Touring Wheels for a Super Galaxy



James Thomson wrote:

> The theory is that a tyre will adopt an arc of roughly constant
> curvature between the beads. The wider the rim, therefore, the larger
> the radius of curvature across a tyre of a given nominal width. The
> vertical compliance (and therefore the comfort) of the tyre is
> related to the rate of change of contact patch area with vertical
> displacement, which increases roughly in proportion to the radius of
> curvature of tyre cross section at a given pressure.


Sorry I don't completely understand that.

Let's simplify things by making the object rectangular in cross section
(or as near to it as we can physically get)......

100 x 40 x 40 cm inflatable cuboid sausage. Lay it on its long side and
bounce up and down on top of it. Now do the same with it sat on its end.
What's the difference?

~PB
 
"Pete Biggs" <[email protected]> wrote:

> James Thomson wrote:


> > The theory is that a tyre will adopt an arc of roughly constant
> > curvature between the beads. The wider the rim, therefore, the
> > larger the radius of curvature across a tyre of a given nominal
> > width. The vertical compliance (and therefore the comfort) of
> > the tyre is related to the rate of change of contact patch area
> > with vertical displacement, which increases roughly in proportion
> > to the radius of curvature of tyre cross section at a given pressure.


> Sorry I don't completely understand that.
>
> Let's simplify things by making the object rectangular in cross section
> (or as near to it as we can physically get)......
>
> 100 x 40 x 40 cm inflatable cuboid sausage. Lay it on its long side and
> bounce up and down on top of it. Now do the same with it sat on its end.
> What's the difference?


Peter,

Before I write out a reply, could we just clarify one little point?

Are you taking the ****?

Thanks,

James Thomson
 
James Thomson wrote:
> "Pete Biggs" <[email protected]>
> wrote:
>
>> James Thomson wrote:

>
>>> The theory is that a tyre will adopt an arc of roughly constant
>>> curvature between the beads. The wider the rim, therefore, the
>>> larger the radius of curvature across a tyre of a given nominal
>>> width. The vertical compliance (and therefore the comfort) of
>>> the tyre is related to the rate of change of contact patch area
>>> with vertical displacement, which increases roughly in proportion
>>> to the radius of curvature of tyre cross section at a given
>>> pressure.

>
>> Sorry I don't completely understand that.
>>
>> Let's simplify things by making the object rectangular in cross
>> section (or as near to it as we can physically get)......
>>
>> 100 x 40 x 40 cm inflatable cuboid sausage. Lay it on its long side
>> and bounce up and down on top of it. Now do the same with it sat on
>> its end. What's the difference?

>
> Peter,
>
> Before I write out a reply, could we just clarify one little point?
>
> Are you taking the ****?


Thanks James. No I'm not taking the **** but bunged some humour in along
the way. Well, it amused me anyway.

Seriously, I find it easier to understand concepts through simplified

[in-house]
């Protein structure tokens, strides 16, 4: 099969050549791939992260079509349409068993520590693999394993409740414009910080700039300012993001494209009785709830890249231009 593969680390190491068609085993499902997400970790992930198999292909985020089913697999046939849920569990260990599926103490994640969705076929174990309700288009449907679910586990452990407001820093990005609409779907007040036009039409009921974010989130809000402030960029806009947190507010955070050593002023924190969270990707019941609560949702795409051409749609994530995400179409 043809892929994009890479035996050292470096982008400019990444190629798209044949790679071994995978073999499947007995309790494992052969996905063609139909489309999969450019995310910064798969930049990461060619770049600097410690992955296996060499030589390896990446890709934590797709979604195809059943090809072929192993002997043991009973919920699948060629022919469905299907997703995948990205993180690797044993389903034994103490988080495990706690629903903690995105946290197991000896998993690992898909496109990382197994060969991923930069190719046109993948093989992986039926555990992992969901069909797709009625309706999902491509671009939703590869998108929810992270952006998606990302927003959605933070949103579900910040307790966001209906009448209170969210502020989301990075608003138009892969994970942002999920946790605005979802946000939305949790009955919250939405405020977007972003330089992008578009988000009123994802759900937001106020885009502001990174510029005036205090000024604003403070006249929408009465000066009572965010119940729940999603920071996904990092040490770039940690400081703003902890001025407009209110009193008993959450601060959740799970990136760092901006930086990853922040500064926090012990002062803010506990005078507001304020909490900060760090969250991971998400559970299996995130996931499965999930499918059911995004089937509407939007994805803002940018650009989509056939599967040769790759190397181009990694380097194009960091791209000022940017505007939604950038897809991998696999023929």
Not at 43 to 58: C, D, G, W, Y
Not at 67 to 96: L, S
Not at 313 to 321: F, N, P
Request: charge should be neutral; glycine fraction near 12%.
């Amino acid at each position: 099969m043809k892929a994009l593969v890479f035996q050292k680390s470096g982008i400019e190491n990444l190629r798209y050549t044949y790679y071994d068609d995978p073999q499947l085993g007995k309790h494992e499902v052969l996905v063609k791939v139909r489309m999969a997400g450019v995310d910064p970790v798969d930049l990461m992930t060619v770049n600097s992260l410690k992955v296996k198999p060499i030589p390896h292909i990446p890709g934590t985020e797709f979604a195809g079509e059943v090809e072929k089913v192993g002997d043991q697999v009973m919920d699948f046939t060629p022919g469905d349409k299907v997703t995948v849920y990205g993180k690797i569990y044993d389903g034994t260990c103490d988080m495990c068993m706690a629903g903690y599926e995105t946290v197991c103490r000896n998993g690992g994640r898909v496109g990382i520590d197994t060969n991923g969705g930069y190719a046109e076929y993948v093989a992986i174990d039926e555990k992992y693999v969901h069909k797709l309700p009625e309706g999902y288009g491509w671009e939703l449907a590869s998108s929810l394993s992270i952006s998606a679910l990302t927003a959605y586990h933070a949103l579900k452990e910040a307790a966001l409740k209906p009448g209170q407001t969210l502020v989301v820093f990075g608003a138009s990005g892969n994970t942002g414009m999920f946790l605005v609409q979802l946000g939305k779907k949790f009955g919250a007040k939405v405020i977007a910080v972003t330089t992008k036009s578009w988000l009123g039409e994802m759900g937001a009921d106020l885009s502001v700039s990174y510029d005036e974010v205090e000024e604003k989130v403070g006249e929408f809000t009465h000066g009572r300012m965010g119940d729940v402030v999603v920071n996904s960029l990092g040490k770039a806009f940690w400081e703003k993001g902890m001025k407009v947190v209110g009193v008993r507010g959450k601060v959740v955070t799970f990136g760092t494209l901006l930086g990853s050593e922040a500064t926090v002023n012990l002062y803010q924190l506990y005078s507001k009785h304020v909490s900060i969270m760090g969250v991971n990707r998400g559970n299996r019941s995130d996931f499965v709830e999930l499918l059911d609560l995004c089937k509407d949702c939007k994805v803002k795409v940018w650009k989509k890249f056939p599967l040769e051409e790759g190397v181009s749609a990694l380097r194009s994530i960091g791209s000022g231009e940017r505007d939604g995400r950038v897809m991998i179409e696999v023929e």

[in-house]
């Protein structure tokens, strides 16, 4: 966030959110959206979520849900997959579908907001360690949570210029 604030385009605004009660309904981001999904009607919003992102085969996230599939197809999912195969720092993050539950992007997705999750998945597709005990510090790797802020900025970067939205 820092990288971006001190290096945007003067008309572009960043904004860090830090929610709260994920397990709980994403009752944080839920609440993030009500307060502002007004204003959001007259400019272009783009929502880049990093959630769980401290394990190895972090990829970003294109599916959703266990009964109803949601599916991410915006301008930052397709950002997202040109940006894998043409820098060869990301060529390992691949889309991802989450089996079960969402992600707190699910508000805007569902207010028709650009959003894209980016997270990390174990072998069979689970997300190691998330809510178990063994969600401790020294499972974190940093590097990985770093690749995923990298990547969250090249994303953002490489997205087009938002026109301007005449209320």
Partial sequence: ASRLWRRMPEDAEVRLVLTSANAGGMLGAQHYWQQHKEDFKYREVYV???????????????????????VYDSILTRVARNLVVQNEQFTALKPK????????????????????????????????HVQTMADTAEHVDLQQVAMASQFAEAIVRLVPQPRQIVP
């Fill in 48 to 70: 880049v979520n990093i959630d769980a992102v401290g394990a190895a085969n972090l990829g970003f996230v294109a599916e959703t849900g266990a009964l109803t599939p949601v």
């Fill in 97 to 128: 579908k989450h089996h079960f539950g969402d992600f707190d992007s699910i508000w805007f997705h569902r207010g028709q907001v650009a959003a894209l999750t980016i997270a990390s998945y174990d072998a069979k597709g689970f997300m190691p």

exaggerated examples.

First of all, were you explaining how the tyre behaves with its contents,
or is this just about the compliance of the tyre material itself.

~PB
 
someone wrote:

>> [snippage]
>>> Mavic A719 and A319 deserve places on the short list as well, I think.
>>> I'm very happy with my A719 rear which sometimes takes very heavy loads,
>>> albeit for short distances. Longer distances it's lightly loaded but it's
>>> reassuring to have the strength when it comes to potholes, etc.


Mavics are great. I use them on my touring bike which I use on lengthy
trips on some of the dodgier parts of the National Cycle Network, and
find I can bowl along at speeds approaching on-road, quite heavily
laden, with no damage. The mavic/schwalbe marathon tyre combo is
unbeatable for that sort of cycling, I find.

Simon
 
"Pete Biggs" <[email protected]> wrote:

> No I'm not taking the **** but bunged some humour in along
> the way. Well, it amused me anyway.


> Seriously, I find it easier to understand concepts through simplified
> exaggerated examples.


There's an old joke that ends, "assume a spherical cow"...

> First of all, were you explaining how the tyre behaves with its contents,
> or is this just about the compliance of the tyre material itself.


I'm describing an inflated tyre.

> > > Let's simplify things by making the object rectangular in
> > > cross section (or as near to it as we can physically get)......


> > > 100 x 40 x 40 cm inflatable cuboid sausage. Lay it on its long
> > > side and bounce up and down on top of it. Now do the same
> > > with it sat on its end. What's the difference?


The problem with your cuboid tyre is that it has one face fully in contact
with the road at any time, and will respond to load by crushing until its
volume has decreased (and its pressure increased) in proportion to the
increased load. That isn't how a pneumatic tyre works.

James Thomson
 
"Simon Geller" <[email protected]> wrote:

> Mavics are great.


Which Mavics are great?

> I use them on my touring bike which I use on lengthy trips on some
> of the dodgier parts of the National Cycle Network, and find I can
> bowl along at speeds approaching on-road, quite heavily laden,
> with no damage. The mavic/schwalbe marathon tyre combo is
> unbeatable for that sort of cycling, I find.


Which competing combinations have you tried, and over what distances?

James Thomson